5. Jarid2 Is Implicated in the Initial Xist-Induced Targeting of PRC2 to the Inactive X Chromosome

    DEFF Research Database (Denmark)

    da Rocha, Simão Teixeira; Boeva, Valentina; Escamilla-Del-Arenal, Martin;

    2014-01-01

    During X chromosome inactivation (XCI), the Polycomb Repressive Complex 2 (PRC2) is thought to participate in the early maintenance of the inactive state. Although Xist RNA is essential for the recruitment of PRC2 to the X chromosome, the precise mechanism remains unclear. Here, we demonstrate th...

  6. Epigenetic inactivation and aberrant transcription of CSMD1 in squamous cell carcinoma cell lines

    Directory of Open Access Journals (Sweden)

    Scholnick Steven B

    2005-09-01

    Full Text Available Abstract Background The p23.2 region of human chromosome 8 is frequently deleted in several types of epithelial cancer and those deletions appear to be associated with poor prognosis. Cub and Sushi Multiple Domains 1 (CSMD1 was positionally cloned as a candidate for the 8p23 suppressor but point mutations in this gene are rare relative to the frequency of allelic loss. In an effort to identify alternative mechanisms of inactivation, we have characterized CSMD1 expression and epigenetic modifications in head and neck squamous cell carcinoma cell lines. Results Only one of the 20 cell lines examined appears to express a structurally normal CSMD1 transcript. The rest express transcripts which either lack internal exons, terminate abnormally or initiate at cryptic promoters. None of these truncated transcripts is predicted to encode a functional CSMD1 protein. Cell lines that express little or no CSMD1 RNA exhibit DNA methylation of a specific region of the CpG island surrounding CSMD1's first exon. Conclusion Correlating methylation patterns and expression suggests that it is modification of the genomic DNA preceding the first exon that is associated with gene silencing and that methylation of CpG dinucleotides further 3' does not contribute to inactivation of the gene. Taken together, the cell line data suggest that epigenetic silencing and aberrant splicing rather than point mutations may be contributing to the reduction in CSMD1 expression in squamous cancers. These mechanisms can now serve as a focus for further analysis of primary squamous cancers.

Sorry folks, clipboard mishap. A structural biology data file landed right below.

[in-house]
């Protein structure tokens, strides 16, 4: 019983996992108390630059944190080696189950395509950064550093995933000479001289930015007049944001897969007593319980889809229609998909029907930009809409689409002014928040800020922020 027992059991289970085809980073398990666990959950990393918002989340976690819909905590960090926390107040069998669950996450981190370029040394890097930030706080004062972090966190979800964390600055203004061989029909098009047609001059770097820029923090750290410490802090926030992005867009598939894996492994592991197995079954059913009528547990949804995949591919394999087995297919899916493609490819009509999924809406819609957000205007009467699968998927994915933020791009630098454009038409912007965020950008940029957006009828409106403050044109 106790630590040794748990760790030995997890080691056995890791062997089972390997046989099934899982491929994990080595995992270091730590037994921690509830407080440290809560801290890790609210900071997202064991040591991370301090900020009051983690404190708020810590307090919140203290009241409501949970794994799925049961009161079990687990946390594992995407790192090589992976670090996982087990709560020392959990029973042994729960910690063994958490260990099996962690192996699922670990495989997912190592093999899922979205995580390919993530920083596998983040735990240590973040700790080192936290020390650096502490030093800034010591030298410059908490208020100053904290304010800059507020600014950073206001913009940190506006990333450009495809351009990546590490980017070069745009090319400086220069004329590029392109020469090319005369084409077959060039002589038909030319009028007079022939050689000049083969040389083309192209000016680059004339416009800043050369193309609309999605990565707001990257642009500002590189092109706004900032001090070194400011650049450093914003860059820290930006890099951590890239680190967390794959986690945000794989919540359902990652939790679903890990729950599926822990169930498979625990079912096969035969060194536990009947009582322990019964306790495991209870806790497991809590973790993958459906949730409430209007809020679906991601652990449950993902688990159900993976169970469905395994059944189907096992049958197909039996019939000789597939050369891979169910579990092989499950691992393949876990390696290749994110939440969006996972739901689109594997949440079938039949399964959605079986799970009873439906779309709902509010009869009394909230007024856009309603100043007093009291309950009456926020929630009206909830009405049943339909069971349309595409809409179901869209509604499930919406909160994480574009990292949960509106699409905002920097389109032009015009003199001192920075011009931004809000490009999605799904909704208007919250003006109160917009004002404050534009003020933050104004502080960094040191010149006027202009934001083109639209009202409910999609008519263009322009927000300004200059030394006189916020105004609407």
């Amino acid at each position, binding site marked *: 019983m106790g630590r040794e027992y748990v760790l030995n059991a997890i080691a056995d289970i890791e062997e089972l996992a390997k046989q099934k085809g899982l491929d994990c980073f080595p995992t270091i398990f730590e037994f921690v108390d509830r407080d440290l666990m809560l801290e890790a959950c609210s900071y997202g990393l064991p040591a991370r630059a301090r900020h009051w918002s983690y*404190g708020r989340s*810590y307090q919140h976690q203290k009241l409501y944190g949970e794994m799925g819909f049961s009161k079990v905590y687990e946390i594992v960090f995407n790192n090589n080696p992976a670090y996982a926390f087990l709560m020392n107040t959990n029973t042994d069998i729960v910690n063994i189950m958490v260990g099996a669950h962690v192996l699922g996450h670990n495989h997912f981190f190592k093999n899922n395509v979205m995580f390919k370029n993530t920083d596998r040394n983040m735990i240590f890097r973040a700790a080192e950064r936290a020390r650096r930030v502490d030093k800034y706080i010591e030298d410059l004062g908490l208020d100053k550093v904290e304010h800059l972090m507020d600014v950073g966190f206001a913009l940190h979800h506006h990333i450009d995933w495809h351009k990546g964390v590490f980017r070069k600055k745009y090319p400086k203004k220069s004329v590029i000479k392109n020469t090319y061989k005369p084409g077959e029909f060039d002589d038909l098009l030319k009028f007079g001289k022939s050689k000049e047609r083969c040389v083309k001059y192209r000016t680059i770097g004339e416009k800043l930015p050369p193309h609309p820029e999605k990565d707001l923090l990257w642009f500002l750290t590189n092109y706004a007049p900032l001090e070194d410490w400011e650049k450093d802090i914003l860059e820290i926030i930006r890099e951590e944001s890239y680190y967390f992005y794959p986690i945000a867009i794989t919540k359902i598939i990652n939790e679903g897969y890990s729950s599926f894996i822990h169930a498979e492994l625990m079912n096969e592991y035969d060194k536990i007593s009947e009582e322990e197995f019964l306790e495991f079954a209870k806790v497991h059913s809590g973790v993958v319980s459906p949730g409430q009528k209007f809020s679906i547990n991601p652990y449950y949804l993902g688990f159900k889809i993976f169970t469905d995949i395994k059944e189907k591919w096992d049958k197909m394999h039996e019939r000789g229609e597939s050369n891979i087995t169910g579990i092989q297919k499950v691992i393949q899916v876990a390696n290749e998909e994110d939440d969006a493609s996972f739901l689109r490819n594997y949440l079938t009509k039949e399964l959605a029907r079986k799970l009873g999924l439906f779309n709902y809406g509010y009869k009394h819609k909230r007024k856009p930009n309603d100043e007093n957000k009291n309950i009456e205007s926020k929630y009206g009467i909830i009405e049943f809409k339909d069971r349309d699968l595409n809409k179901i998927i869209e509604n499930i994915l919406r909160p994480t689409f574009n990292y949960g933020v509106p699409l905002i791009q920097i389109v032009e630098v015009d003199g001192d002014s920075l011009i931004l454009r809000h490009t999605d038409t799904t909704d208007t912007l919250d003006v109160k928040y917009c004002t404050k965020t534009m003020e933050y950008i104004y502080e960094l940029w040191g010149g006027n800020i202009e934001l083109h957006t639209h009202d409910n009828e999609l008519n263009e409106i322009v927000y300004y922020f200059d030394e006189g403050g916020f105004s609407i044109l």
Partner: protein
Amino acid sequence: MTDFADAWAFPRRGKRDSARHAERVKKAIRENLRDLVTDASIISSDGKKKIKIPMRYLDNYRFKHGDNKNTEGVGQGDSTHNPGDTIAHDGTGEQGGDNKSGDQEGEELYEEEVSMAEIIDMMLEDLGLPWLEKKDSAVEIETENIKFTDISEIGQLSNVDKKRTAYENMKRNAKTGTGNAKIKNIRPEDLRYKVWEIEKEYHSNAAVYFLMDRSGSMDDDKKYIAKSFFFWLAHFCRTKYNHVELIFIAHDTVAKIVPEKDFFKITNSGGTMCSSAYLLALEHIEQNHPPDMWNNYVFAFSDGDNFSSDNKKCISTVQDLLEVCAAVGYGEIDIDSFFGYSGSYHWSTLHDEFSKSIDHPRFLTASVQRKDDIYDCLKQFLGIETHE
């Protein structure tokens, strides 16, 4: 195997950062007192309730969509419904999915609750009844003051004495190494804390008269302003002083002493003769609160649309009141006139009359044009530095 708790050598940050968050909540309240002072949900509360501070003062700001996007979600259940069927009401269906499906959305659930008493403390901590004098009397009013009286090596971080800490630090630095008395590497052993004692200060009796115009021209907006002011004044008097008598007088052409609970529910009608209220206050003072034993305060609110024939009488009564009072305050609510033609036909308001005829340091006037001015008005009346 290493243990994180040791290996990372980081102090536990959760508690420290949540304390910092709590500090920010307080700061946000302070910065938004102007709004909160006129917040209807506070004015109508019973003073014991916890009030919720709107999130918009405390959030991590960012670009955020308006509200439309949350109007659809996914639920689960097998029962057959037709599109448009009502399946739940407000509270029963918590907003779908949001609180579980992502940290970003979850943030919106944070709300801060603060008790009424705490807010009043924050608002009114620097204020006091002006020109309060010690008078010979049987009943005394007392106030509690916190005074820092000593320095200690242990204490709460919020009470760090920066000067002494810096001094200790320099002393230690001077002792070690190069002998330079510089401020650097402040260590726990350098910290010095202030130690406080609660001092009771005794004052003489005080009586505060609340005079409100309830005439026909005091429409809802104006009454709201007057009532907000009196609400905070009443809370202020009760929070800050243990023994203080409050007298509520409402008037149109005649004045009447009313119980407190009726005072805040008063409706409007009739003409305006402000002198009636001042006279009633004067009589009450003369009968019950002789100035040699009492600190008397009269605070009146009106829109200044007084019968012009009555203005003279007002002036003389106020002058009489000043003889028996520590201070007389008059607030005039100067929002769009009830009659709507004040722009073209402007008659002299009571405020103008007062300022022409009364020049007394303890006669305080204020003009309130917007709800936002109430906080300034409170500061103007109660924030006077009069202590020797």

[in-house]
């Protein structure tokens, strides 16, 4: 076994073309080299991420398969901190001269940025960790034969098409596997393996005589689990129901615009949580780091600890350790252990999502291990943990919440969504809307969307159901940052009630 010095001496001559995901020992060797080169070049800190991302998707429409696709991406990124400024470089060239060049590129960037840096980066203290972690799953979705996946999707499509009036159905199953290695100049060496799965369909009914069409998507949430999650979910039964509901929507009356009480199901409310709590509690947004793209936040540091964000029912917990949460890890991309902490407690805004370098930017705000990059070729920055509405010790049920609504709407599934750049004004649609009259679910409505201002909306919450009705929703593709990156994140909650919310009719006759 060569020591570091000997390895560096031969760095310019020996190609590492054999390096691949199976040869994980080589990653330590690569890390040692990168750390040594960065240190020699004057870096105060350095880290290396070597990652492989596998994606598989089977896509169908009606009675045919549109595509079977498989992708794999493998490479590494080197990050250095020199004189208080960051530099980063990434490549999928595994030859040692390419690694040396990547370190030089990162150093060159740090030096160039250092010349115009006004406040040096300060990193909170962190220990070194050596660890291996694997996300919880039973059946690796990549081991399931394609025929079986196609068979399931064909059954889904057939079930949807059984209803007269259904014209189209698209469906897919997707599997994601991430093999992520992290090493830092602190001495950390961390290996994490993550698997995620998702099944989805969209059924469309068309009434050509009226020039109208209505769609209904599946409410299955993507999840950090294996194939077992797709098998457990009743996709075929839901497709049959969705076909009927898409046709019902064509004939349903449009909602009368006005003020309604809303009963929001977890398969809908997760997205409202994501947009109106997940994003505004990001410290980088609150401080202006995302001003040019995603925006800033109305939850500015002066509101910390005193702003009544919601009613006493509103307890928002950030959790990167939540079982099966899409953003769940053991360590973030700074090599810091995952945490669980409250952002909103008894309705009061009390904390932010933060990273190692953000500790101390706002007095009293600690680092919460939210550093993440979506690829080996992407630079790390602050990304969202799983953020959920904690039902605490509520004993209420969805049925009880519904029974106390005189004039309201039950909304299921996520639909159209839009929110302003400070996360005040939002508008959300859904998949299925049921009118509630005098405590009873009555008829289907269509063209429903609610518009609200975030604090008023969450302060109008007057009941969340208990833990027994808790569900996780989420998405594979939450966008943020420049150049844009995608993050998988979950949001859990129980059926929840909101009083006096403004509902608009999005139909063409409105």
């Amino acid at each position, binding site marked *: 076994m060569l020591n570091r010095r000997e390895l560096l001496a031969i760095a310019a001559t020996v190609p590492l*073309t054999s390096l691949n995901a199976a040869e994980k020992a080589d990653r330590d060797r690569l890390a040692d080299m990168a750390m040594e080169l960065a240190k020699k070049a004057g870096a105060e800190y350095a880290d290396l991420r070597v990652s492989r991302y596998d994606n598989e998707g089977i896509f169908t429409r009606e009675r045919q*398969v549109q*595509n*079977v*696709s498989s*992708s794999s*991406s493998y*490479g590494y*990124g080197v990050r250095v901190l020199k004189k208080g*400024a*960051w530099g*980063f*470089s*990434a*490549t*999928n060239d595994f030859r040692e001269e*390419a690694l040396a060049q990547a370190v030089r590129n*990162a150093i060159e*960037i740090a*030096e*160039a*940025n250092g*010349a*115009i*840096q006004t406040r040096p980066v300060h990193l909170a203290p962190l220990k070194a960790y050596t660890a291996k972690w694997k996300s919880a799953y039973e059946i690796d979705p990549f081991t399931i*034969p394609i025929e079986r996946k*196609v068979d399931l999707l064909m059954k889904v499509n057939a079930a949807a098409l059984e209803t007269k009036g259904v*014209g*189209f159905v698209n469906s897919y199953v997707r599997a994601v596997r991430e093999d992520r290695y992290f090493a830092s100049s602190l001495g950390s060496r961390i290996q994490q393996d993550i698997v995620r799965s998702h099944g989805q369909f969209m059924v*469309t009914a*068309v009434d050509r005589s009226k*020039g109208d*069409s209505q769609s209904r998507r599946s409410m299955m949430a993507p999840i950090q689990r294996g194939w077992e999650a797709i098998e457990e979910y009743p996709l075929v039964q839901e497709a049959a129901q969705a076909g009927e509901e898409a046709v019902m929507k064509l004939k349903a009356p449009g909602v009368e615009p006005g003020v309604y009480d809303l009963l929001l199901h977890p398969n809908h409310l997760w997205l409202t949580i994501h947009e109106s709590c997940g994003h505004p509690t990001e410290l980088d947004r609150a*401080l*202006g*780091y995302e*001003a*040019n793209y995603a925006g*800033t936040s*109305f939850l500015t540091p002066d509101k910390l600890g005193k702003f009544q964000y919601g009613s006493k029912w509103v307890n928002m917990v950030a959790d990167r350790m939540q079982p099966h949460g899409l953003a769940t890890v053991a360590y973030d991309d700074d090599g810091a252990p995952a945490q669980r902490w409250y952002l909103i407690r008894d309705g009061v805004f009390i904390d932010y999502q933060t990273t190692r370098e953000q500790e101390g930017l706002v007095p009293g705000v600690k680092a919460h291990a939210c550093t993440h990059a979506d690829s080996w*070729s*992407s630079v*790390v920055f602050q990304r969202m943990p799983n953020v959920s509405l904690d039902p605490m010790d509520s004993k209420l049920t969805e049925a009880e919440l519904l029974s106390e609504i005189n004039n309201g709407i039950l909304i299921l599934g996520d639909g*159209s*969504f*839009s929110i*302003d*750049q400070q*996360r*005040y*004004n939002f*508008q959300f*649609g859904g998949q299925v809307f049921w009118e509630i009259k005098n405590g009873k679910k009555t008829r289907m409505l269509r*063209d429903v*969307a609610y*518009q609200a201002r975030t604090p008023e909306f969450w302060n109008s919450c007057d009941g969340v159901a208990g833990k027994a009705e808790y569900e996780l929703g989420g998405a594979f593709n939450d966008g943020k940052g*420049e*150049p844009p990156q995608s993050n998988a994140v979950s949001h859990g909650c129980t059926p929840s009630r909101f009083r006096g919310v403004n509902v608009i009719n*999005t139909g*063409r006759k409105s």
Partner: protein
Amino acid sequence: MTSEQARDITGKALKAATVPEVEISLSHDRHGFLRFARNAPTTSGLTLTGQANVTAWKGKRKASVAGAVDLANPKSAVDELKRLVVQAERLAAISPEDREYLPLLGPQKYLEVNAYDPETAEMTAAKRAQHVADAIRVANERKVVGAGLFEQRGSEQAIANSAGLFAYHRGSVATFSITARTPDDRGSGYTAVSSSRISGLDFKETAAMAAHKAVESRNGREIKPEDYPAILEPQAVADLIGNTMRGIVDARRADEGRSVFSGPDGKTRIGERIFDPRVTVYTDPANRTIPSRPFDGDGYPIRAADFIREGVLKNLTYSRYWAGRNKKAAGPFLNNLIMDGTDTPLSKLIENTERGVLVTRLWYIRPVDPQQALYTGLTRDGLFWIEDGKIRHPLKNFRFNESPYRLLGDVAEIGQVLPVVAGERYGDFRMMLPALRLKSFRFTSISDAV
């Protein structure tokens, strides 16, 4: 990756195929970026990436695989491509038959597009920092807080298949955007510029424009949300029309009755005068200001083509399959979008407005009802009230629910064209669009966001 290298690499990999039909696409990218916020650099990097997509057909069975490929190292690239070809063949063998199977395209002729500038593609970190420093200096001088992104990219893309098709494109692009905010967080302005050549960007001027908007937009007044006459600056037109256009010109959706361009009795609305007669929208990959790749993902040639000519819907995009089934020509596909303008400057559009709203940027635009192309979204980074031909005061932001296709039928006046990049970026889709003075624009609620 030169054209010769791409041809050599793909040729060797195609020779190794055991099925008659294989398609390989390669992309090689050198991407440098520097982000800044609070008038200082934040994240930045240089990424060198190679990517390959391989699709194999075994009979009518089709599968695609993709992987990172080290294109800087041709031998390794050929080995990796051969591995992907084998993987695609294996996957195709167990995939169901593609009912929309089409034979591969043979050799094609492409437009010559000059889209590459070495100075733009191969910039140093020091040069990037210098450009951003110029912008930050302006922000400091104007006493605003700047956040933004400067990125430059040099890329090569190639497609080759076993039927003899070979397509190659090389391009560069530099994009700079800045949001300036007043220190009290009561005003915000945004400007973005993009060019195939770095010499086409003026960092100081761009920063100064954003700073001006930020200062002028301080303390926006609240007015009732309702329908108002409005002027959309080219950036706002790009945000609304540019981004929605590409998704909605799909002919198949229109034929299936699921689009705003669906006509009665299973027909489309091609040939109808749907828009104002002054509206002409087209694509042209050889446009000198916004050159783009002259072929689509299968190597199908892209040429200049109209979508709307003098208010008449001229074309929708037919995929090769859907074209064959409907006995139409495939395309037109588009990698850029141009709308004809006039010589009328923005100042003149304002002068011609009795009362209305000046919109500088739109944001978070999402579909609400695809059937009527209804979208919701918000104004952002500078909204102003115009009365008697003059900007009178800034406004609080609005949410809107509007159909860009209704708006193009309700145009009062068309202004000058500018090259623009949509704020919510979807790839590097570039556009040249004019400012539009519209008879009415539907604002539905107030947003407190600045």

7. Fetal chromosome analysis: screening for chromosome disease?

    DEFF Research Database (Denmark)

    Philip, J; Tabor, Ann; Bang, J;

    1983-01-01

    The aim of the study was to investigate the rationale of the current indications for fetal chromosome analysis. 5372 women had 5423 amniocentesis performed, this group constituting a consecutive sample at the chromosome laboratory, Rigshospitalet, Copenhagen from March 1973 to September 1980 (Group...... A + B). Pregnant women 35 years of age, women who previously had a chromosomally abnormal child, families with translocation carriers or other heritable chromosomal disease, families where the father was 50 years or more and women in families with a history of Down's syndrome (group A), were compared...... to women having amniocentesis, although considered not to have any increased risk of fetal chromosome abnormality (1390 pregnancies, group B). They were also compared with 750 consecutive pregnancies in women 25-34 years of age, in whom all heritable diseases were excluded (group C). The risk of unbalanced...